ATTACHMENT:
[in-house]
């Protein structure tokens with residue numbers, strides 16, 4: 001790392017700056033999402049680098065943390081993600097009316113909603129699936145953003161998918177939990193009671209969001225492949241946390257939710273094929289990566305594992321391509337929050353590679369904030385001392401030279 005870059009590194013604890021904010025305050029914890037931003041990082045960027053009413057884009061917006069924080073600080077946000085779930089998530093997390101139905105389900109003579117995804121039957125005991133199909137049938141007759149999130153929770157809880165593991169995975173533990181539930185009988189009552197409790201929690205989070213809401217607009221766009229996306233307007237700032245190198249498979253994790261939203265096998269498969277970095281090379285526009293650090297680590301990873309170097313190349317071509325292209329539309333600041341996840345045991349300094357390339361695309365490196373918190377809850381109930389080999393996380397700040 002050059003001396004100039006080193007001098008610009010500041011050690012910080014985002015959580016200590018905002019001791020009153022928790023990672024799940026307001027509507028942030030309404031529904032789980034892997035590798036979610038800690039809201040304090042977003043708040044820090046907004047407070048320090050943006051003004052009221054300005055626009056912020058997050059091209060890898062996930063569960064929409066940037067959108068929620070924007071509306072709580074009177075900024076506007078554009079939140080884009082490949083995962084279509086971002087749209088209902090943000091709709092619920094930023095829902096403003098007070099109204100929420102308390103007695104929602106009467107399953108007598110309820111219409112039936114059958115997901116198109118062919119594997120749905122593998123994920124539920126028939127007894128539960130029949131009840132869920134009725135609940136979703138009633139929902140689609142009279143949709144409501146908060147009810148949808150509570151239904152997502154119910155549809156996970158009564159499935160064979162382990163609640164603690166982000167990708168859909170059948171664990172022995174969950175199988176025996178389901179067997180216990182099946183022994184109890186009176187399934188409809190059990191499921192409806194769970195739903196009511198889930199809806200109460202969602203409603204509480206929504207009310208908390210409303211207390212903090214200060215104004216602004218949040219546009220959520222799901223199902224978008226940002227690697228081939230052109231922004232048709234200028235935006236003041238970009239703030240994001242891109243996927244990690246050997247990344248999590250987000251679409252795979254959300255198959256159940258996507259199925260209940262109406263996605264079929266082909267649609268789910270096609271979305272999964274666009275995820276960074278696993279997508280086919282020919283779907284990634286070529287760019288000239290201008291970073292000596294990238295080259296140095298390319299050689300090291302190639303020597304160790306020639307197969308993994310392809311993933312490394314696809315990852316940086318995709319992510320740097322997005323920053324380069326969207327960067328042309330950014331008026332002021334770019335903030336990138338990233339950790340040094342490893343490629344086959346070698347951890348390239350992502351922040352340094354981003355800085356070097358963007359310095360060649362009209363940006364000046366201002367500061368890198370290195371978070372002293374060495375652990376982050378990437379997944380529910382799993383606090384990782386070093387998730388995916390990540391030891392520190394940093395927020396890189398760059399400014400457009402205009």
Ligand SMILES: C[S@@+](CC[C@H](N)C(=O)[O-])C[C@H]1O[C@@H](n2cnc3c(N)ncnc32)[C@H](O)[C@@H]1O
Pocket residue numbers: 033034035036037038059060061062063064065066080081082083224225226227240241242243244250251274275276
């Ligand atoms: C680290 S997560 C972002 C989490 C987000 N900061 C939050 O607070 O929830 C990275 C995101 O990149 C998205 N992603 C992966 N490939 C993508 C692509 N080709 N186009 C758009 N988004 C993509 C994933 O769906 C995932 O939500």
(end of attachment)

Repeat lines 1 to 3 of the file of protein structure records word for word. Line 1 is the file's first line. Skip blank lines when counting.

[in-house]
């Protein structure tokens with residue numbers, strides 16, 4: 001790392017700056033999402049680098065943390081993600097009316113909603129699936145953003161998918177939990193009671209969001225492949241946390257939710273094929289990566305594992321391509337929050353590679369904030385001392401030279 005870059009590194013604890021904010025305050029914890037931003041990082045960027053009413057884009061917006069924080073600080077946000085779930089998530093997390101139905105389900109003579117995804121039957125005991133199909137049938141007759149999130153929770157809880165593991169995975173533990181539930185009988189009552197409790201929690205989070213809401217607009221766009229996306233307007237700032245190198249498979253994790261939203265096998269498969277970095281090379285526009293650090297680590301990873309170097313190349317071509325292209329539309333600041341996840345045991349300094357390339361695309365490196373918190377809850381109930389080999393996380397700040 002050059003001396004100039006080193007001098008610009010500041011050690012910080014985002015959580016200590018905002019001791020009153022928790023990672024799940026307001027509507028942030030309404031529904032789980034892997035590798036979610038800690039809201040304090042977003043708040044820090046907004047407070048320090050943006051003004052009221054300005055626009056912020058997050059091209060890898062996930063569960064929409066940037067959108068929620070924007071509306072709580074009177075900024076506007078554009079939140080884009082490949083995962084279509086971002087749209088209902090943000091709709092619920094930023095829902096403003098007070099109204100929420102308390103007695104929602106009467107399953108007598110309820111219409112039936114059958115997901116198109118062919119594997120749905122593998123994920124539920126028939127007894128539960130029949131009840132869920134009725135609940136979703138009633139929902140689609142009279143949709144409501146908060147009810148949808150509570151239904152997502154119910155549809156996970158009564159499935160064979162382990163609640164603690166982000167990708168859909170059948171664990172022995174969950175199988176025996178389901179067997180216990182099946183022994184109890186009176187399934188409809190059990191499921192409806194769970195739903196009511198889930199809806200109460202969602203409603204509480206929504207009310208908390210409303211207390212903090214200060215104004216602004218949040219546009220959520222799901223199902224978008226940002227690697228081939230052109231922004232048709234200028235935006236003041238970009239703030240994001242891109243996927244990690246050997247990344248999590250987000251679409252795979254959300255198959256159940258996507259199925260209940262109406263996605264079929266082909267649609268789910270096609271979305272999964274666009275995820276960074278696993279997508280086919282020919283779907284990634286070529287760019288000239290201008291970073292000596294990238295080259296140095298390319299050689300090291302190639303020597304160790306020639307197969308993994310392809311993933312490394314696809315990852316940086318995709319992510320740097322997005323920053324380069326969207327960067328042309330950014331008026332002021334770019335903030336990138338990233339950790340040094342490893343490629344086959346070698347951890348390239350992502351922040352340094354981003355800085356070097358963007359310095360060649362009209363940006364000046366201002367500061368890198370290195371978070372002293374060495375652990376982050378990437379997944380529910382799993383606090384990782386070093387998730388995916390990540391030891392520190394940093395927020396890189398760059399400014400457009402205009």
Ligand SMILES: C[S@@+](CC[C@H](N)C(=O)[O-])C[C@H]1O[C@@H](n2cnc3c(N)ncnc32)[C@H](O)[C@@H]1O